43. I like the videos a lot, even some of the longer ones. I can’t recall how long it was, but loved the one with the guy who created SendMail a million years ago.
    I might not have time to watch three of them per week, but always enjoy them when I do watch, and I think the unedited style is refreshing and fun – phones ringing in the middle of interview etc. – it’s good stuff.

  44. I like the videos a lot, even some of the longer ones. I can’t recall how long it was, but loved the one with the guy who created SendMail a million years ago.
    I might not have time to watch three of them per week, but always enjoy them when I do watch, and I think the unedited style is refreshing and fun – phones ringing in the middle of interview etc. – it’s good stuff.

  45. Robert,
    I vote for unedited videos.

    “I won’t cut up their words and make them sound stupid or out of context” — this is important.

    You are creating interesting content for a passionate audience – as you note – without lots of processing or slickness. That’s what successful new media is about.

    I started watching the video above thinking it was the 5 minute version – figuring I could spare 5 minutes but not 54 – and I got so into it I had watched 10 minutes before it even occurred to me that I was watching the full length.

    It’s also cool that you are bringing the work of an academic researcher to a wider audience via the Web. Since I have never picked up a specialized photography magazine in my life, much less an academic journal of photography, I probably would never have been exposed to Prof Levoy’s work. But it’s fascinating, and I have the Scoble Show to thank for it.

  46. Robert,
    I vote for unedited videos.

    “I won’t cut up their words and make them sound stupid or out of context” — this is important.

    You are creating interesting content for a passionate audience – as you note – without lots of processing or slickness. That’s what successful new media is about.

    I started watching the video above thinking it was the 5 minute version – figuring I could spare 5 minutes but not 54 – and I got so into it I had watched 10 minutes before it even occurred to me that I was watching the full length.

    It’s also cool that you are bringing the work of an academic researcher to a wider audience via the Web. Since I have never picked up a specialized photography magazine in my life, much less an academic journal of photography, I probably would never have been exposed to Prof Levoy’s work. But it’s fascinating, and I have the Scoble Show to thank for it.

  47. Just goes to show that you cannot, EVER, please everyone. Pay attention to your target audience and you’ll do just fine- as we are. Some problems arise in trying to edit Scoble Show content (not necessarily this one)- in that it takes some guests a LONG time to get a point across. Editing that to a short version would come out strobed. Annoying. Sure, every episode can be edited. But that’s not my directive right now. I hear each and every one of you and I feel ya. Thank you for the feedback- It all helps in the long run. Peace!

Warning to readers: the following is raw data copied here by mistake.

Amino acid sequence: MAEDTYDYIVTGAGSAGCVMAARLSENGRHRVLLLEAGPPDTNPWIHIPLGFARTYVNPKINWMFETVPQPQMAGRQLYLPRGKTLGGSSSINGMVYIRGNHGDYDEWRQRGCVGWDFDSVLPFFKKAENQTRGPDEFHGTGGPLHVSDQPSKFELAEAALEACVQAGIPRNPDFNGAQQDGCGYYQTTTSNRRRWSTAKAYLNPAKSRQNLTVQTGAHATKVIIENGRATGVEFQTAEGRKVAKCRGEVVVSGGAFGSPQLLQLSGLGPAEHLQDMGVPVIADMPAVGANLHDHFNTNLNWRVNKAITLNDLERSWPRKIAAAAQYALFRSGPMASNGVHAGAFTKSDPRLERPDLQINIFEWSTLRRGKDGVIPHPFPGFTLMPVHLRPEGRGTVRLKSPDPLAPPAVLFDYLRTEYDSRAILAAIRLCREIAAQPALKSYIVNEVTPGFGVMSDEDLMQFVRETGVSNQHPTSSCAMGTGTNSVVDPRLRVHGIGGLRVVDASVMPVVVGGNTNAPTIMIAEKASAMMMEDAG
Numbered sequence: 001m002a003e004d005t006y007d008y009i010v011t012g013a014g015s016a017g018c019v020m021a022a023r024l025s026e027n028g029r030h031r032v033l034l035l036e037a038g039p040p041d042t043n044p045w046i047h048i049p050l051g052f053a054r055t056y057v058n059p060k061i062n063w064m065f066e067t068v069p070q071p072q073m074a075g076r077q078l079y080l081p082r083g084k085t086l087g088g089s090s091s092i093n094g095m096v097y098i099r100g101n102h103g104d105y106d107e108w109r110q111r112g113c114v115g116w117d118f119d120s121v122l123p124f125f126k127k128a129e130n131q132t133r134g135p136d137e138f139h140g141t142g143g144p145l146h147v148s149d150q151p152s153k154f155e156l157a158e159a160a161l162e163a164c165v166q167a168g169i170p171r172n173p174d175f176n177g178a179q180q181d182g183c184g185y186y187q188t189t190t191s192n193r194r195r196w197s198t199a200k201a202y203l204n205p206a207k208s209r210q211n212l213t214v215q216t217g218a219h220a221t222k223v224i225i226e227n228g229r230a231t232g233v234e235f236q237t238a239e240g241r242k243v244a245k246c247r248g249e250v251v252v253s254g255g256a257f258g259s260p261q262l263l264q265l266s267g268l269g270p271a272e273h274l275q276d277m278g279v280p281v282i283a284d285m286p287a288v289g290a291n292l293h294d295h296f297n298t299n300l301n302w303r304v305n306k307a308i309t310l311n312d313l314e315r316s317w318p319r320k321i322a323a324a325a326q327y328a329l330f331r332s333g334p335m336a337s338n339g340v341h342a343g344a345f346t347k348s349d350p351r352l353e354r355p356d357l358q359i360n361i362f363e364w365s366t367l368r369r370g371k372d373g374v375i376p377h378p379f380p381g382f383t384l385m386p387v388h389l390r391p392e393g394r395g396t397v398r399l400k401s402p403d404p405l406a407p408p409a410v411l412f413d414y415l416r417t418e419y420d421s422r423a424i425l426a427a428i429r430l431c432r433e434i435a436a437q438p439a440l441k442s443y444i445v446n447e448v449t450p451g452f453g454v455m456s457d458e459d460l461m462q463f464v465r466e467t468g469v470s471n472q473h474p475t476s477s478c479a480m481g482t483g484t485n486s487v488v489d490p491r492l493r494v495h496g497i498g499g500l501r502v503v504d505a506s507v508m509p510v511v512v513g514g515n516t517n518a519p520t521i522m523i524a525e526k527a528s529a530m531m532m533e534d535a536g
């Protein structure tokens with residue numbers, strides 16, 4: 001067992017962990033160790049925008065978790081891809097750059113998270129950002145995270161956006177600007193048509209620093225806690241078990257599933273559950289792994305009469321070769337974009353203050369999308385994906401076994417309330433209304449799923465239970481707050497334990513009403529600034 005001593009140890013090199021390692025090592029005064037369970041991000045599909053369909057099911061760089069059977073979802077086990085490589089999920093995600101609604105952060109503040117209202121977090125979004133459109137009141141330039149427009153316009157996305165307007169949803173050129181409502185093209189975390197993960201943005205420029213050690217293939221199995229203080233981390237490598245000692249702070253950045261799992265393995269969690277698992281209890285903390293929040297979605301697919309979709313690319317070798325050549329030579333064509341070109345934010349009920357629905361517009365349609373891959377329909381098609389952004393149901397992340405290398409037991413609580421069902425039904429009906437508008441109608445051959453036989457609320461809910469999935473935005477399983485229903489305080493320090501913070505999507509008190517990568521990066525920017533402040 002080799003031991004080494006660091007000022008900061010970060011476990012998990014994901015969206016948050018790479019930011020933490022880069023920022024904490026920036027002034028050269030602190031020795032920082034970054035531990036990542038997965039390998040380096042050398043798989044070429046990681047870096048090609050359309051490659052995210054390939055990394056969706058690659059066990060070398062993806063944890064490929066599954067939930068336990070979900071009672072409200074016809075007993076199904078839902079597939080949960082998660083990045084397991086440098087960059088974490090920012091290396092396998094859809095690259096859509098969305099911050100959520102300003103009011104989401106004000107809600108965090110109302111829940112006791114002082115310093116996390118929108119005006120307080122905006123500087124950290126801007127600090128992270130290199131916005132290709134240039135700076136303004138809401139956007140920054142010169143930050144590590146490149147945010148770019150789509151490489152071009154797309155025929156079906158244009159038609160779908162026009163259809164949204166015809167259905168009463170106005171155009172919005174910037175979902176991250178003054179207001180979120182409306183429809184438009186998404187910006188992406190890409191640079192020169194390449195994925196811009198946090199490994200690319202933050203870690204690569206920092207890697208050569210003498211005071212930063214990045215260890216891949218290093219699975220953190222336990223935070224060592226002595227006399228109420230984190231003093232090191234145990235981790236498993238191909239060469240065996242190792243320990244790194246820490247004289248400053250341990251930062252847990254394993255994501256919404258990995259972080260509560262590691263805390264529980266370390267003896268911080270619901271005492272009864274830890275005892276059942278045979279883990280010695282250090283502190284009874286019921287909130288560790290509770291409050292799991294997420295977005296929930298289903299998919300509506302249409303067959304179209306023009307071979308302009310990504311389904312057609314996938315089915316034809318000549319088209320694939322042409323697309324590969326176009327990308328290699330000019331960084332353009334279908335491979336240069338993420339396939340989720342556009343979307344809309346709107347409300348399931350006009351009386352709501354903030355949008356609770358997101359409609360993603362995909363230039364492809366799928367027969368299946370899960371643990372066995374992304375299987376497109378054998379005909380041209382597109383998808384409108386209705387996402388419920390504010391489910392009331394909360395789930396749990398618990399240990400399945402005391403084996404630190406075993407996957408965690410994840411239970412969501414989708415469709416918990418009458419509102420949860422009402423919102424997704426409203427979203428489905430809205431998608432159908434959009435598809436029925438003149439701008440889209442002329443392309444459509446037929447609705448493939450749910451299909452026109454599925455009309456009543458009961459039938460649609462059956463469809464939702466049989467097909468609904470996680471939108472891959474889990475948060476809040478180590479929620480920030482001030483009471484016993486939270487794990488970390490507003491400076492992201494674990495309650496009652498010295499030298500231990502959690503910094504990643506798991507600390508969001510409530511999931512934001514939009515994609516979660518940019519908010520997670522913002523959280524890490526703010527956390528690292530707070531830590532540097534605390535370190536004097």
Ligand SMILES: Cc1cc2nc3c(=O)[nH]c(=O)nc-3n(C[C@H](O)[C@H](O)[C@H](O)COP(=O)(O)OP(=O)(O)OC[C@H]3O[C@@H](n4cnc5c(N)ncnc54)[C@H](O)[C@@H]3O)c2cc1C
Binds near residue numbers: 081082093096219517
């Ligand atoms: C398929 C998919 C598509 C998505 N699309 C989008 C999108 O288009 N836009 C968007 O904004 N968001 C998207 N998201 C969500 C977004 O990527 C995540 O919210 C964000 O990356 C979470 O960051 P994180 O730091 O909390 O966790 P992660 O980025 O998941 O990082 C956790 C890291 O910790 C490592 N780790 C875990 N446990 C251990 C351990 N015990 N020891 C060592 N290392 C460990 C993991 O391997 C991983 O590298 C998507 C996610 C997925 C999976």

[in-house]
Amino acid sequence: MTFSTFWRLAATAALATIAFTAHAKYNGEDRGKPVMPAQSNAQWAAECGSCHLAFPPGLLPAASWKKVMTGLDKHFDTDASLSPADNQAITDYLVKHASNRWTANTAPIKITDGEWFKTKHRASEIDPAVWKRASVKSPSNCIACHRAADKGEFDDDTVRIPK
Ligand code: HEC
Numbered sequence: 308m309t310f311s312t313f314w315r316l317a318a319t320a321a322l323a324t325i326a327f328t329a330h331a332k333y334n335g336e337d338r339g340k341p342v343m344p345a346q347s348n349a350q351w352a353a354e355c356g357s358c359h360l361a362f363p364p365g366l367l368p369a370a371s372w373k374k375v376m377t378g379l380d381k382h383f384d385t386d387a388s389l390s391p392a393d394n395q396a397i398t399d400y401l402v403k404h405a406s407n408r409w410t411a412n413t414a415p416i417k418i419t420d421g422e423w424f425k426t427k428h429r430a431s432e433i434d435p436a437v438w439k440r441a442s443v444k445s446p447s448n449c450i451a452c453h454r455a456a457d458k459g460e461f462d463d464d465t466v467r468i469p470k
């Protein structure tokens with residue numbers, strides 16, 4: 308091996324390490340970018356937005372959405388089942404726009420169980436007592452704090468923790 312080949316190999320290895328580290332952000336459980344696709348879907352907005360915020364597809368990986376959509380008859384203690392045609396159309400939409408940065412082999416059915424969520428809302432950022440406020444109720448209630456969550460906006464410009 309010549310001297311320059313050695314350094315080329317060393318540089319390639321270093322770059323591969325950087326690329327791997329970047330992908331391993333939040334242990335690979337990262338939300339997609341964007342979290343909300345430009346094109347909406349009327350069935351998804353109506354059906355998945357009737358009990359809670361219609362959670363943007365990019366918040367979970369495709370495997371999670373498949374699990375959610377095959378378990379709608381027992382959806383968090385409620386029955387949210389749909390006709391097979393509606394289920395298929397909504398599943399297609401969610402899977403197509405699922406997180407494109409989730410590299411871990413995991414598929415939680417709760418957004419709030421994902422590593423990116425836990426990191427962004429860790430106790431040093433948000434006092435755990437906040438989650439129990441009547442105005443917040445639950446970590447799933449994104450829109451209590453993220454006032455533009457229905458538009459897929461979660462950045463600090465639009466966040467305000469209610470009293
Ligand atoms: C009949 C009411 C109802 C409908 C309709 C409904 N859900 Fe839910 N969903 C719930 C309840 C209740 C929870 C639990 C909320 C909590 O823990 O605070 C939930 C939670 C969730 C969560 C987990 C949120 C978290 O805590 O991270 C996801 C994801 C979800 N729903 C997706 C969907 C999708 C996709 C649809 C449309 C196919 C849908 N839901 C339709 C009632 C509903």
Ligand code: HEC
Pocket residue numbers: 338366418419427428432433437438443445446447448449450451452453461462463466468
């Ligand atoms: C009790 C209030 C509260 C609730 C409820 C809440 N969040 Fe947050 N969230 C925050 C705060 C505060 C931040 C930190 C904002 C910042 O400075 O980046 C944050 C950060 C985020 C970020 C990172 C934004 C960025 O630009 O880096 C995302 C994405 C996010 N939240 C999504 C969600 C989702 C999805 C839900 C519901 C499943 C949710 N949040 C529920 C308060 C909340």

Rocky-

  48. Just goes to show that you cannot, EVER, please everyone. Pay attention to your target audience and you’ll do just fine- as we are. Some problems arise in trying to edit Scoble Show content (not necessarily this one)- in that it takes some guests a LONG time to get a point across. Editing that to a short version would come out strobed. Annoying. Sure, every episode can be edited. But that’s not my directive right now. I hear each and every one of you and I feel ya. Thank you for the feedback- It all helps in the long run. Peace!

    Rocky-

  49. Your videos are long and boring for the most part. That’s not to say the topics are boring, but I think you would benefit from tightening things up. Having real people present is very “new media” and there are benefits to that, but there is also something to be said for people who know how to present well. Just because it’s new media and more unscripted doesn’t mean it can’t be well produced.

  50. Your videos are long and boring for the most part. That’s not to say the topics are boring, but I think you would benefit from tightening things up. Having real people present is very “new media” and there are benefits to that, but there is also something to be said for people who know how to present well. Just because it’s new media and more unscripted doesn’t mean it can’t be well produced.

  51. What’s interesting about this dialogue is that the clear majority keep saying, we are interested, but edit down, tighten up, and you just say no, I’m a stubborn man, I will do it my way. Isn’t that a little odd after all your dialogue about naked conversations and crowdsourcing and the social graph and insert buzzword here?

  52. What’s interesting about this dialogue is that the clear majority keep saying, we are interested, but edit down, tighten up, and you just say no, I’m a stubborn man, I will do it my way. Isn’t that a little odd after all your dialogue about naked conversations and crowdsourcing and the social graph and insert buzzword here?

  53. David Jacobs makes a good point about “something to be said for people who know how to present well”. What’s most important is reaching the desired audience. Conveying the significance of Facebook – or whatever – to a group of people that rarely use the Internet is going to require some careful planning and production time to be effective. But if Scobleizer can do an interview with new VP of marketing Chamath Palihapitiya while he is eating a chicken wrap or playing foosball, many in Scobelizer’s core audience will probably watch it from beginning to end – with or without editing – and tell a friend.